Blowing bubbles

We went to a wedding celebration a week ago - a wonderfully informal occasion held in a large garden with parking in the adjacent field. Two large tipis had been erected. They'd thought of everything; there were toys for children - several of us tried (unsuccessfully) hula hooping! And there was a bubble machine.

It's something I've always wanted so last week I ordered a small bubble machine. It arrived very quickly and I took it to the wood. The bubbles were quite amazing. I just couldn't quite get over how some were shades of gold and others were an amazing turquoise with pink edges. Is it the amount of liquid in each bubble that determines its colour or is it the size? Whatever, it was a very small investment for a great deal of pleasure.

Sunday, 26 June 2011


'Tis hot but we're home after a lovely weekend in the woods with friends. Amongst trees was definitely the best place to be today. Now having supper in the garden as the sun finally sinks below the horizon and temperatures return to acceptable levels.

Thursday, 23 June 2011

To the woods

Off to the woods today for a few days, camping and cooking lots of sausages. The only difficulty in woodland dwelling is drinking water. Yesterday I invested in a water filter system so I've bottled what I hope is enough filtered water to last me the weekend. I've become increasingly concerned about the effect of chlorine. Apparently the thyroid gland doesn't like it - it doesn't much like fluoride either. When I hear the fluoride and teeth debate I do wonder if thyroid defficiency, of which there seems to be a great amount, might be due to fluoride in drinking water and toothpaste. I wonder if anyone has done research into that.

I'll be attempting not to inhale too much woodsmoke - which is quite difficult - but there's something very comforting about woodsmoke. I guess it's probably one of the most common smells that mankind has encountered over our evolution.

Wednesday, 22 June 2011

New and not so new

Yesterday was a bumper day for the local hospice - I spent a total of £16. I visited one of their shops in the morning where I found a nice silk blouse which I thought one of my daughters might like and a blouse for myself. In the afternoon I attended a hospice fashion show where a relative was modelling some of the hospice's clothes. I picked up an outfit which I think would be ideal for a wedding, plus a pair of white jeans which will go with the not-completely-white-but-a-little-on-the-cream-side jacket. That means that I can sell my so-white-they're-blue pair on ebay.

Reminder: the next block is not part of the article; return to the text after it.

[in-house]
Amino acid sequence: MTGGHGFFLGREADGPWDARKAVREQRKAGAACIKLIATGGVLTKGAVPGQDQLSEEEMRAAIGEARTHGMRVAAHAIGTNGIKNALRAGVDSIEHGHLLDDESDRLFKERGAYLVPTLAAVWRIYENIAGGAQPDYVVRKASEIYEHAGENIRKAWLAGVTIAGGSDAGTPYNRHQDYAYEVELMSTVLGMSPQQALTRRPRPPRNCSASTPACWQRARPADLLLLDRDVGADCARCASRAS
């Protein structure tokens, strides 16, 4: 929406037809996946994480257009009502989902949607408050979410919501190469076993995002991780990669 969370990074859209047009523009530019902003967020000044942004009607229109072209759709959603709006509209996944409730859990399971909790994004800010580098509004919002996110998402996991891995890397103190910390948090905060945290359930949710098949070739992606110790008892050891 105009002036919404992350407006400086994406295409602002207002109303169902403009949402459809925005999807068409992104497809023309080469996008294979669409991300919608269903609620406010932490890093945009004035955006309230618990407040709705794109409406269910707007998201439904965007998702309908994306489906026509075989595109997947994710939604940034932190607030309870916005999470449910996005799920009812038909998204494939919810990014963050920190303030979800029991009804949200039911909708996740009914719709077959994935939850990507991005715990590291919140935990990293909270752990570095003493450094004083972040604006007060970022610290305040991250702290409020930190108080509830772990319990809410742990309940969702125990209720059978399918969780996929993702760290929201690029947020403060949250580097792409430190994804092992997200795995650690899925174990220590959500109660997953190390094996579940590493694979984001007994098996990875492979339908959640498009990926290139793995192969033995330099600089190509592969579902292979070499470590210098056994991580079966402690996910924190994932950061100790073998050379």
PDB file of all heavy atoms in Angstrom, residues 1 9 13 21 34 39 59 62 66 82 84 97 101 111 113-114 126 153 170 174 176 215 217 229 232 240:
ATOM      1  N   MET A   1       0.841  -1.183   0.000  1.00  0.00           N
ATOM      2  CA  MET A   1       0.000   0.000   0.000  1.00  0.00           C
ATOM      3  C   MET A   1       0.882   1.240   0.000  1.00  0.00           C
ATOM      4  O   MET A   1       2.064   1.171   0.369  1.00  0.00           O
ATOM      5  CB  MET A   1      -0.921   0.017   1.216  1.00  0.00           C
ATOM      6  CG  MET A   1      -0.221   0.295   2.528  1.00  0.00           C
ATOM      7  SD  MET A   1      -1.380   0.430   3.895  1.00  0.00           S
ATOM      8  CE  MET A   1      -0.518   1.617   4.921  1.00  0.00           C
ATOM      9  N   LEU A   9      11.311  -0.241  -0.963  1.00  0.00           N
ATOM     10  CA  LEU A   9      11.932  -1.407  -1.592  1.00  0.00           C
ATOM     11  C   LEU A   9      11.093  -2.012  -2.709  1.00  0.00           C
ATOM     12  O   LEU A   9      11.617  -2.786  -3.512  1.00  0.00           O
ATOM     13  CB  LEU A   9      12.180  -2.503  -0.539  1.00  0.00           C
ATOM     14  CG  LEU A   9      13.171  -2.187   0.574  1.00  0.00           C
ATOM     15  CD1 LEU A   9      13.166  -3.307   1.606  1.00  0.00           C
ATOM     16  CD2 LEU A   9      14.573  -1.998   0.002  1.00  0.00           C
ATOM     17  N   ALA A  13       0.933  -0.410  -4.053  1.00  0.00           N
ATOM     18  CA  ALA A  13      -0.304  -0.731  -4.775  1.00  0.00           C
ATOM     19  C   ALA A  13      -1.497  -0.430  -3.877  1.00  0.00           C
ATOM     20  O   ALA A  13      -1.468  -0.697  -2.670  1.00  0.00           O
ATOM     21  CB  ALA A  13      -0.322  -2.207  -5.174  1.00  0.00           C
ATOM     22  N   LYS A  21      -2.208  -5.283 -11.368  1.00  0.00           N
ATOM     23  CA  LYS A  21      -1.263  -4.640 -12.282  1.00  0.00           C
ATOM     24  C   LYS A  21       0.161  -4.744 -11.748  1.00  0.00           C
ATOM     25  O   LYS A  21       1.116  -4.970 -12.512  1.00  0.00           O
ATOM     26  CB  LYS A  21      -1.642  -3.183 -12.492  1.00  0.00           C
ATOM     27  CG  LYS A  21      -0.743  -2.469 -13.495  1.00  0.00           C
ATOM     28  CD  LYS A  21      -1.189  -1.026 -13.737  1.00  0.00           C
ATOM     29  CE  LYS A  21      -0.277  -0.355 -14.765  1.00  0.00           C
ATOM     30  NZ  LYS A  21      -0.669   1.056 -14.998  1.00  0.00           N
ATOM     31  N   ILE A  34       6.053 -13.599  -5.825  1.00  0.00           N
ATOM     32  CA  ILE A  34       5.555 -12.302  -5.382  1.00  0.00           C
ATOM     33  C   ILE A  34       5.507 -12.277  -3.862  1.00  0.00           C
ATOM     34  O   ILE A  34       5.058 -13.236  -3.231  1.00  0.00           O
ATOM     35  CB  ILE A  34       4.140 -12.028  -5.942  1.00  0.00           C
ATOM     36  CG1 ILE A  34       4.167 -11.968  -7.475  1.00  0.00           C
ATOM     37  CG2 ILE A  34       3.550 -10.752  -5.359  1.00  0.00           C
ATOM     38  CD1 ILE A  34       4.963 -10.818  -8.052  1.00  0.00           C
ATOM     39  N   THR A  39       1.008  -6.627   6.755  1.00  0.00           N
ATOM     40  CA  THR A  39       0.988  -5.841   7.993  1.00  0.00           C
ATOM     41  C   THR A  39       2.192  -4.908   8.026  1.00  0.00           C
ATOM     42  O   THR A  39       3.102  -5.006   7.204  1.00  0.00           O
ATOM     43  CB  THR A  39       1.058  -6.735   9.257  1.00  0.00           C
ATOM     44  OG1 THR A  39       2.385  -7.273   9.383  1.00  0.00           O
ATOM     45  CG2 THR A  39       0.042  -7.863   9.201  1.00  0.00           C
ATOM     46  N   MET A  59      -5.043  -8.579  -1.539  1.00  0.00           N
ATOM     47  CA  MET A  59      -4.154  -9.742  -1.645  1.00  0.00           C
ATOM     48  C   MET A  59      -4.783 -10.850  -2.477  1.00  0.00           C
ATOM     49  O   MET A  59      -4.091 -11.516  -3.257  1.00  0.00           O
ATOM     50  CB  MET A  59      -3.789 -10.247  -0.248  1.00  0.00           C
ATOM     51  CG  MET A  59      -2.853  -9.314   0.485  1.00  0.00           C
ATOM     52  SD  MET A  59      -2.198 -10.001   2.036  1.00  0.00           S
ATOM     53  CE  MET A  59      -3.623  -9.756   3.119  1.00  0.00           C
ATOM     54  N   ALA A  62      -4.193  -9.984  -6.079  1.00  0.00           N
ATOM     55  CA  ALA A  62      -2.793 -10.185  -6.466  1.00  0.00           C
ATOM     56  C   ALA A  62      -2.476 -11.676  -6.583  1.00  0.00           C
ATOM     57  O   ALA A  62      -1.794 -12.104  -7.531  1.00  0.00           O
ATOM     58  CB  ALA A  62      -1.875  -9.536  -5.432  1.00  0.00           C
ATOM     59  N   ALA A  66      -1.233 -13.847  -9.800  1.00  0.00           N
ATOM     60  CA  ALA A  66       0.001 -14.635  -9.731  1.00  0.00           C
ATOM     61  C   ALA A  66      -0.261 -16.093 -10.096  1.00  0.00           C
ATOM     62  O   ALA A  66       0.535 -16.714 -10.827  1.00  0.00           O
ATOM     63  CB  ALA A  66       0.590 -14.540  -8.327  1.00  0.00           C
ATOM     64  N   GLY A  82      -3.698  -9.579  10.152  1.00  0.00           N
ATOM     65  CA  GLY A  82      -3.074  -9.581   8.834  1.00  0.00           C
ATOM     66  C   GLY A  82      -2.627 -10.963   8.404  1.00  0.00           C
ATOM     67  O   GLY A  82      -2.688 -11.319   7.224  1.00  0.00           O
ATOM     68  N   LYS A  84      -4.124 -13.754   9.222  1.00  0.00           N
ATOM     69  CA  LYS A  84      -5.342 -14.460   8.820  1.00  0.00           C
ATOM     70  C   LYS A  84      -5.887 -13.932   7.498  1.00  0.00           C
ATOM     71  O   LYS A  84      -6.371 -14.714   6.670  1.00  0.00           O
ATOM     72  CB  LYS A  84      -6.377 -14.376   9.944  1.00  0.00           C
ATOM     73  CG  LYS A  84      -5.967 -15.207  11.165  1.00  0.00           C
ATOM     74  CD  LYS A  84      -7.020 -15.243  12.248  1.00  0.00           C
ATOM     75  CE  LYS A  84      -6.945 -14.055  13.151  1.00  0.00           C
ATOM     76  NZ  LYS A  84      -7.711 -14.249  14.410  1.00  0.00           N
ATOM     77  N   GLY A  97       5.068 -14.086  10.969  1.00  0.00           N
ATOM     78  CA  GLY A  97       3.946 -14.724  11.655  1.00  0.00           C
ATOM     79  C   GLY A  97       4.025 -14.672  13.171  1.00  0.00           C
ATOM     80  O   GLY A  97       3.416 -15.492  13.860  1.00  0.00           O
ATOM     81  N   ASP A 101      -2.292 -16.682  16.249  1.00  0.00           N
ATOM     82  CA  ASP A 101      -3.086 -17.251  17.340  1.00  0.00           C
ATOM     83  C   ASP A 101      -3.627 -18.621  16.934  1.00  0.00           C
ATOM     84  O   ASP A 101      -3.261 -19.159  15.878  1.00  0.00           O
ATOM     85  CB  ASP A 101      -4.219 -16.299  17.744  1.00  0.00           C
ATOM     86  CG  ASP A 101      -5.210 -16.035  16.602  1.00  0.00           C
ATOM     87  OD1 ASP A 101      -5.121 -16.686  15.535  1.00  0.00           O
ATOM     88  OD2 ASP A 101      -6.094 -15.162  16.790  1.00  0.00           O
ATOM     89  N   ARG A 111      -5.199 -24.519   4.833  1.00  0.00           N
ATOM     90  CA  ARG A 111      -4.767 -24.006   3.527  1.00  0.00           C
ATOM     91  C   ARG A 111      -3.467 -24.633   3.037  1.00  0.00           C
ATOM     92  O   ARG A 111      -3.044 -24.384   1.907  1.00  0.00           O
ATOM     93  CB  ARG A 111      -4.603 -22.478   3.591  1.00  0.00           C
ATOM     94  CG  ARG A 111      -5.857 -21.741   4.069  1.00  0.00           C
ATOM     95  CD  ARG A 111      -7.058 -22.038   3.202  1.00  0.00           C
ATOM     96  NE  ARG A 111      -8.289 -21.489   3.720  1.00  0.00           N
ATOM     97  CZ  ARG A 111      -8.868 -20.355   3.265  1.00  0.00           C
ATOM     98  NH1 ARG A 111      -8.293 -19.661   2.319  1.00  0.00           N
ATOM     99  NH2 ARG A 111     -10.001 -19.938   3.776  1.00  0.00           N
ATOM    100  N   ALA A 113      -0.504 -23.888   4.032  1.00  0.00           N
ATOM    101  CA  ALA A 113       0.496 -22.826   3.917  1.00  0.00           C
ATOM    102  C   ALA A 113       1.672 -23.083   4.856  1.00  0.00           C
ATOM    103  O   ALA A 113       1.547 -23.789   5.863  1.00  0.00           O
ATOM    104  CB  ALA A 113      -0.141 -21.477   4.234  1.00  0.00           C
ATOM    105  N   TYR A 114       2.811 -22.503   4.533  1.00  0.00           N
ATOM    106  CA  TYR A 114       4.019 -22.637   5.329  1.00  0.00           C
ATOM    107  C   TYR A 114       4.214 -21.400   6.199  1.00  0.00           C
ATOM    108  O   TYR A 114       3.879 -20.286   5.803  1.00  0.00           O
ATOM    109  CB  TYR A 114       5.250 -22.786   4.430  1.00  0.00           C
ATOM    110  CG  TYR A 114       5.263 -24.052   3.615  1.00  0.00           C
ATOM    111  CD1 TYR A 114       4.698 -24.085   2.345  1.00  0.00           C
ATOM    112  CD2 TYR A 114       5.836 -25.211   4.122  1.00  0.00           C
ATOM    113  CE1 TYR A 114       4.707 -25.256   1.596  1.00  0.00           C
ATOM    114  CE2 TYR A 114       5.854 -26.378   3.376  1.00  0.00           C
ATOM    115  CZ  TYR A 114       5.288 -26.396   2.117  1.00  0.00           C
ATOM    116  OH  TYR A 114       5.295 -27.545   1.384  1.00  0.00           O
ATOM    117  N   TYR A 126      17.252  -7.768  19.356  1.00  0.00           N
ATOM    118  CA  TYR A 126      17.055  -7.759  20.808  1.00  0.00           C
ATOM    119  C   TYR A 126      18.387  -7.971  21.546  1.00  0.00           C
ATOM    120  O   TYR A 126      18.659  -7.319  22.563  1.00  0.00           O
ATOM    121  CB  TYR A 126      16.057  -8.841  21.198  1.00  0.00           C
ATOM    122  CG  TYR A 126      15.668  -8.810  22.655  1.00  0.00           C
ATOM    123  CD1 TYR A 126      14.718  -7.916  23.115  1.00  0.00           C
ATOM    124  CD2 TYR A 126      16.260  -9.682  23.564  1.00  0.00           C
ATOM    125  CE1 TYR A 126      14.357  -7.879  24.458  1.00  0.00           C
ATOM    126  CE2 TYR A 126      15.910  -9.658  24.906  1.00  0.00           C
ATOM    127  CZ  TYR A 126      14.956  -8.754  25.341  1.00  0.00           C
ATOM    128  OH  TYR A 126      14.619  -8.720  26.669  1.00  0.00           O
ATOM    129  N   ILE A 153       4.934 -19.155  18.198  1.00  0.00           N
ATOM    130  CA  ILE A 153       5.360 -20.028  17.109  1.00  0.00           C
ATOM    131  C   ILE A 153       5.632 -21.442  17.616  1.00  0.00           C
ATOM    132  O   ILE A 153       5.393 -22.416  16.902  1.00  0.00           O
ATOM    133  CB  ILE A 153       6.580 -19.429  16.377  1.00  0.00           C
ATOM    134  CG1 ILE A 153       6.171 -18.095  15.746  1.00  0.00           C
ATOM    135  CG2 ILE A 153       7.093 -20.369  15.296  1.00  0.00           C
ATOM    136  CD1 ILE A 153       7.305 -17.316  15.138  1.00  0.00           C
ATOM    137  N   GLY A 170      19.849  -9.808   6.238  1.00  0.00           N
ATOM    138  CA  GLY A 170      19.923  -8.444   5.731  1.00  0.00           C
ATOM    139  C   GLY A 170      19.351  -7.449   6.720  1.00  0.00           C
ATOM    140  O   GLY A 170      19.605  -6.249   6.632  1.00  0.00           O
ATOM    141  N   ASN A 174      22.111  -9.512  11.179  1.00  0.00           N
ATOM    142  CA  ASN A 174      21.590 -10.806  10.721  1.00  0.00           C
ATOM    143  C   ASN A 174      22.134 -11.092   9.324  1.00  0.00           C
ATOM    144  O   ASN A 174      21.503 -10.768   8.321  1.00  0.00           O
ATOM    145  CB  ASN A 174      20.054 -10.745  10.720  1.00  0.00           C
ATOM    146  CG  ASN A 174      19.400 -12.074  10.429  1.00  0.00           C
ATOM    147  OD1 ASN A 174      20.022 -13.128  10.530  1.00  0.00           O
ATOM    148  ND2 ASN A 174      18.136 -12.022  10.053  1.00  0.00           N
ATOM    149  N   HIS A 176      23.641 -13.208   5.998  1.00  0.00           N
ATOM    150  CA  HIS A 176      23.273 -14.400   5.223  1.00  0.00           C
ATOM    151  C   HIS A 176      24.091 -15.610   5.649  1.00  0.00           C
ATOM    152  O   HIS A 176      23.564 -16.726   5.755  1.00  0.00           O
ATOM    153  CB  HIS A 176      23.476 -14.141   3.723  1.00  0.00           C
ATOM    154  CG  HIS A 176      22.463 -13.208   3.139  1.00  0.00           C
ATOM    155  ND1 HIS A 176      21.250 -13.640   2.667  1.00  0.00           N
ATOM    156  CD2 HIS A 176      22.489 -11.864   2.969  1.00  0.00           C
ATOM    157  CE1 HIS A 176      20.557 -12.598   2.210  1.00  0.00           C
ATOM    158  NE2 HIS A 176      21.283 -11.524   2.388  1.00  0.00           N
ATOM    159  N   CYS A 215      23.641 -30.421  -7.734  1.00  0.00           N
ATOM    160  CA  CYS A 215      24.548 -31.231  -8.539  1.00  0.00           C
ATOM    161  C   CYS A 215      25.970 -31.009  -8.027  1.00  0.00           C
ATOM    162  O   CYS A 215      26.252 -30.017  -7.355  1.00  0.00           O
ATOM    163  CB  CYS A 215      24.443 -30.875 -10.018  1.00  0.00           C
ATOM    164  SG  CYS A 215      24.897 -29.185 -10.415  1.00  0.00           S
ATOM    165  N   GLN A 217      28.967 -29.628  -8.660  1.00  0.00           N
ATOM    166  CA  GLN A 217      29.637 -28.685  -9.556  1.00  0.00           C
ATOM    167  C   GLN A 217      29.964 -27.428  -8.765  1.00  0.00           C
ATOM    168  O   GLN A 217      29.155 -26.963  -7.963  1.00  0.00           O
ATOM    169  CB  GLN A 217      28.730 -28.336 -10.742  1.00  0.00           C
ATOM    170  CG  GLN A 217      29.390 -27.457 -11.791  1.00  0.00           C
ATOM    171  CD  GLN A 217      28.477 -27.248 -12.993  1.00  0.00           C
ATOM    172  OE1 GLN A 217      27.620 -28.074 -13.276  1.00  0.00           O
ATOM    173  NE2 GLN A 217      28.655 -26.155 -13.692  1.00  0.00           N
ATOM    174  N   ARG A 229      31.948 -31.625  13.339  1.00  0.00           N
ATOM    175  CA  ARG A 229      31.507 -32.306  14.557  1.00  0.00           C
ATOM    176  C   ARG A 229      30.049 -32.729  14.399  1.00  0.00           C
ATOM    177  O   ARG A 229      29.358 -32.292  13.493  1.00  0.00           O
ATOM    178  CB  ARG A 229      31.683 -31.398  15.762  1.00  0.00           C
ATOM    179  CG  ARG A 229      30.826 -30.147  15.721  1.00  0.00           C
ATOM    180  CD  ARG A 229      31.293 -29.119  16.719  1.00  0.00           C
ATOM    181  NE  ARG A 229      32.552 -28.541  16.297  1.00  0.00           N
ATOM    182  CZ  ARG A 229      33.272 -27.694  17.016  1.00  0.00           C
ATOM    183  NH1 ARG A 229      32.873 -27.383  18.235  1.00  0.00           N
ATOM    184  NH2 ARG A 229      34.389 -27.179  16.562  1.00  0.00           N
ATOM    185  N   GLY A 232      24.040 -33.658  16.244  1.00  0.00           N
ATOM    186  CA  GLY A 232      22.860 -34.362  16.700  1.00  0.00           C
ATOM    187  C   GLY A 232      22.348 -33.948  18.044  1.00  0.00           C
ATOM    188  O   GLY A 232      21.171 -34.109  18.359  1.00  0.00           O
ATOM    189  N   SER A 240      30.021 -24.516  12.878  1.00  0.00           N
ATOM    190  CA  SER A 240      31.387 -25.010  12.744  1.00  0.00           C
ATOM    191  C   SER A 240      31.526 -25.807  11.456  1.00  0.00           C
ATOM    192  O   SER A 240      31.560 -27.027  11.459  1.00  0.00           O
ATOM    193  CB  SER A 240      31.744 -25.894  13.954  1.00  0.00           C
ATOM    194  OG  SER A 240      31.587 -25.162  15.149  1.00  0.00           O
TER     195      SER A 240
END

I've stopped taking clothes to the local hospice shop because of the way they sort and manage their business. It's interesting to note that they do sometimes run out of clothes and have to make appeals for more and I do wonder if this is because they are just too picky. You can no longer go in their shops and pick out something that looks as if it's been worn. No, they strive for everything to look completely new and appear to be trying to compete with other clothes retailers in terms of quality.

The hospice is not alone. Other charity shops are following the same line now I find. Of course what doesn't get put on the rails goes to a rag merchant and when challenged the charity will point out how much it gets for rag per bag. I just think it's a terrible shame that my garments which I have not been outworn but just out-shrunk have to end up as rag when they could very well be worn for years to come by someone else.

So if I have an item of clothing that I want to donate but which, though not worn out, shows some signs of having been worn, I take it to the nearest animal charity shop. I've found these are far less picky - and consequently you can get better bargains there too. There's something about animal charity shops which is different. They are usually smellier - I guess because there's more worn clothing on the rails - and they are usually cheaper. But if you can wade through the other characteristic which is simply too many clothes on too few rails, you can sometimes find the most amazing bargains, like my leather coat the other week.

We're going to have to start wearing clothes until they fall to bits - we can't carry on with this Primark-led 'wear today, bin tomorrow' lifestyle. It's unsustainable. So perhaps charity shops will eventually all have bargain rails with the lesser-quality-than-we-would-wish items for a pound or so. I hope so.

Monday, 20 June 2011


Over the past few days I've been thinking hard about how the NHS has managed my case and how that might have been improved. Obviously I'm elated at the prospect of having surgical removal of the offending tissue. I was told right at the start, the first time I saw the oncologist, that surgery wasn't an option. So I never had any hope that it would be. I know full well that if you're going to beat this particular type of cancer, the best solution is the cut out the nasty bits. In fact my hubby asked about halfway through my chemo routine - whether surgery was possible. He was told again that it wasn’t.

The consultant had given me a figure for the rather short average life span for someone with my diagnosis. It was a little scary - no, that’s not the right word, because I’m not scared of dying. But it did shock me severely, because despite my pragmatism there’s something primaeval that engages when your life is threatened. You can’t help it. In fairness, he also told me that despite that average there were people who went on for several years. What he didn’t do was explain how it happened that they beat the average. And he didn’t hold out hope for surgery - in fact he positively denied its possibility.